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Once in a while, you may need some extra cash, and you may wonder if you should take a loan from your 401(k). Taking a 401(k) loan has several advantages though one should only generally take a 401(k) loan for specific reasons.
In this post, I'll discuss when it makes sense to take a 401(k) loan and some of the pros and cons of doing so.
- Withdrawal vs. Loan
- 401(k) Loan
- When Should You Borrow From Your 401(k)?
- Why Should You Take a Loan From Your 401(k)?
- What Happens If You Leave Your Job with an Unpaid 401(k) Loan?
- What are Alternatives to Borrowing From Your 401(k)
- Wrapping It Up
Withdrawal vs. Loan
First off, let's talk about the difference between a 401(k) loan and a 401(k) withdrawal. When it comes down to it, a loan is something you pay back to your 401(k) each month, whereas a withdrawal is a permanent removal of money from your account.
When you withdraw money from your 401(k), you pay a 10% tax penalty on the money if you're under 59½. That said, the money is yours to keep.
Note that under the CARES Act, you may be eligible to waive the 10% withdrawal penalty tax up to a $100,000 withdrawal if you, your spouse, or a dependent has been diagnosed with COVID-19 or COVID-19 has caused you to incur a financial hardship.
Pros of a 401(k) Withdrawal: When you withdraw money from your 401(k), you are not required to pay it back.
Cons of a 401(k) Withdrawal: Withdrawing money from your 401(k) will hurt your retirement nest egg because you may have considerably less money to grow over the years. That, combined with the 10% penalty tax, can hurt you in the long run.
When you take out a 401(k) loan, you borrow money from your retirement nest egg. Depending on your employer's plan, you can take out as much 50% of your account's value, up to a maximum of $50,000 within a 12-month period. In most cases, you'll have to pay your loan back within five years, and you'll also be charged interest.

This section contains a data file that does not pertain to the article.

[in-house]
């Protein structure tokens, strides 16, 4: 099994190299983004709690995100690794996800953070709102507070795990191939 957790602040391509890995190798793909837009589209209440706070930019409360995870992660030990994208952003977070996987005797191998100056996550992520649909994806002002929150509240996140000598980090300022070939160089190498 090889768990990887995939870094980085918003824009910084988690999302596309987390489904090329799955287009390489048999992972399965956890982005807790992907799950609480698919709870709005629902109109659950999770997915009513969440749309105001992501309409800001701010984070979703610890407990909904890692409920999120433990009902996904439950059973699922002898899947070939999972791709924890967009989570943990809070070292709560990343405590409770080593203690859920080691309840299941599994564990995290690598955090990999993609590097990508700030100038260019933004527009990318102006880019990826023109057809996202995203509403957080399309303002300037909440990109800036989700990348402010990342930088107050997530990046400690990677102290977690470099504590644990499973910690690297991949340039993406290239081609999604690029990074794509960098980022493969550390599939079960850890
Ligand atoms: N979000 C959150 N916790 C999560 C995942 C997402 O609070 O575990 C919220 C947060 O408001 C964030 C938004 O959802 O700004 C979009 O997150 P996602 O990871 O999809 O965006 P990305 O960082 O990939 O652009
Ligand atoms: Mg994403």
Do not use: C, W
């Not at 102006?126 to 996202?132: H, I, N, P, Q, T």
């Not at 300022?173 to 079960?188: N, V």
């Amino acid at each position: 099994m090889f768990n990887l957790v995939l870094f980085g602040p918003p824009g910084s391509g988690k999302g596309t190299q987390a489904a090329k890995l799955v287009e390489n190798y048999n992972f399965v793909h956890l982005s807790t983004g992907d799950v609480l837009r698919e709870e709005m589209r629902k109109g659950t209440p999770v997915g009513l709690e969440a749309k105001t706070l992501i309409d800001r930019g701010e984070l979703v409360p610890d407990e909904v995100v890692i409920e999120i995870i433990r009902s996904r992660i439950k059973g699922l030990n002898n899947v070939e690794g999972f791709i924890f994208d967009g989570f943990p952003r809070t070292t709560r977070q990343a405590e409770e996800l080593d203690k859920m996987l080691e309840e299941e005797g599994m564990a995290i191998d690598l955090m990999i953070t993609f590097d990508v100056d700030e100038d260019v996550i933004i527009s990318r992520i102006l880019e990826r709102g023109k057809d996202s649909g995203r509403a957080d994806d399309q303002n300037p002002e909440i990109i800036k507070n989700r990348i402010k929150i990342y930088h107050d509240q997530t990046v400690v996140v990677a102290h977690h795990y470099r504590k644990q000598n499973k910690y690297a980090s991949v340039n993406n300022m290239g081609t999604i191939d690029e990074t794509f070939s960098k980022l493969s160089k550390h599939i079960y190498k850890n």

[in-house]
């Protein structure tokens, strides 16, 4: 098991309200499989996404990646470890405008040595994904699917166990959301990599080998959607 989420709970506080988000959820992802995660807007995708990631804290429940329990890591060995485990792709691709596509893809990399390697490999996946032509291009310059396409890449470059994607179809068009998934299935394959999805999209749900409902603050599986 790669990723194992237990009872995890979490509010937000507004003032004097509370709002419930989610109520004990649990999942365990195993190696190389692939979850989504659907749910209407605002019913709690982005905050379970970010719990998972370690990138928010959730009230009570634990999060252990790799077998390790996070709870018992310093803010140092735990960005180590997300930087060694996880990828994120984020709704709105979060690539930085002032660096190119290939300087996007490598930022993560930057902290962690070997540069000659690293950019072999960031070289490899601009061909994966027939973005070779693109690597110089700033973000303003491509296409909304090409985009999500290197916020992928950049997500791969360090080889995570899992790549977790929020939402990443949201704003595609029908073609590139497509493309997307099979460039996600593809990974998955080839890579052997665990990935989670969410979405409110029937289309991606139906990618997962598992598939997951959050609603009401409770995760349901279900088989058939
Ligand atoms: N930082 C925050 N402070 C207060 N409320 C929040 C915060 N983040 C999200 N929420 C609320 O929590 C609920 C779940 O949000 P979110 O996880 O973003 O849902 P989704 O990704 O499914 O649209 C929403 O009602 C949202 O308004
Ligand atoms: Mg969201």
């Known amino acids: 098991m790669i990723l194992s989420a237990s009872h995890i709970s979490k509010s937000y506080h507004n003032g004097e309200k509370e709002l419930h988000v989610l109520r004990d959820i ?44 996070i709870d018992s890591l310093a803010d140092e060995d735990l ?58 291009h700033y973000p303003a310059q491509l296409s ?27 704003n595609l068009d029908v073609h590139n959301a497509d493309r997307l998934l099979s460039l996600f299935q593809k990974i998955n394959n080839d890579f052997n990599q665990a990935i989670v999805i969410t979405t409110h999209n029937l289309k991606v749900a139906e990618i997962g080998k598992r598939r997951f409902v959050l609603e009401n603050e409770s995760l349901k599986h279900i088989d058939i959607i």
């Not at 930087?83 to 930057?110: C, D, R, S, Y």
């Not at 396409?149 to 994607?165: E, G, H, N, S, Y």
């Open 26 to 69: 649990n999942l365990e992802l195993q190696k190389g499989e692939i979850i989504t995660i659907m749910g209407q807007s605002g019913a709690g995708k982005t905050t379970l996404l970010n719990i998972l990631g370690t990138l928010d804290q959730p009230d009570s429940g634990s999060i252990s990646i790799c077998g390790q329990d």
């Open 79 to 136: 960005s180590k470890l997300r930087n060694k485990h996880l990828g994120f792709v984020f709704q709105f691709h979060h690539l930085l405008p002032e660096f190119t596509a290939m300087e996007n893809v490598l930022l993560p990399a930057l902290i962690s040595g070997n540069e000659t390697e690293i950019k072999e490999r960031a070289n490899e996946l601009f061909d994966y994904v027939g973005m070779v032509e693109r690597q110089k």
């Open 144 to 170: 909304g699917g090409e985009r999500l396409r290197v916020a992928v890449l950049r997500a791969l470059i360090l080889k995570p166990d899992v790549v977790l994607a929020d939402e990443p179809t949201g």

Pros of taking a 401(k) loan: With a loan, you don't have to pay taxes and penalties. Additionally, you don't take a hit to your credit score when you take a loan from your 401(k).
Cons of taking a 401(k) loan: If, for some reason, you leave your job while having an outstanding loan, you may have to repay the loan in a short period of time. You also lose out on potential short term and long term growth of your retirement money when the money is not in your 401(k).
When Should You Borrow From Your 401(k)?
Sometimes it makes sense to take a loan from your 401(k). Check with your 401(k) plan information or plan administrator about interest rates and terms and conditions. Taking a loan from your 401(k) is generally better than personal loans, and most certainly a better idea than ever using payday loans.
Here are three reasons when to take a loan from your 401(k):
1. Make a Down Payment on a House
Buying a home is often the largest expense one will take. Putting more money down on a home purchase lowers your monthly payment over the course of the mortgage and can help you avoid PMI.
Consider whether you want to buy a house now or if you can wait until you have enough money saved. Sometimes a dip in the housing market or extremely low interest rates makes it the perfect time to buy. During the 2020 Coronavirus pandemic, interest rates dropped to record lows making it a great time to buy a house.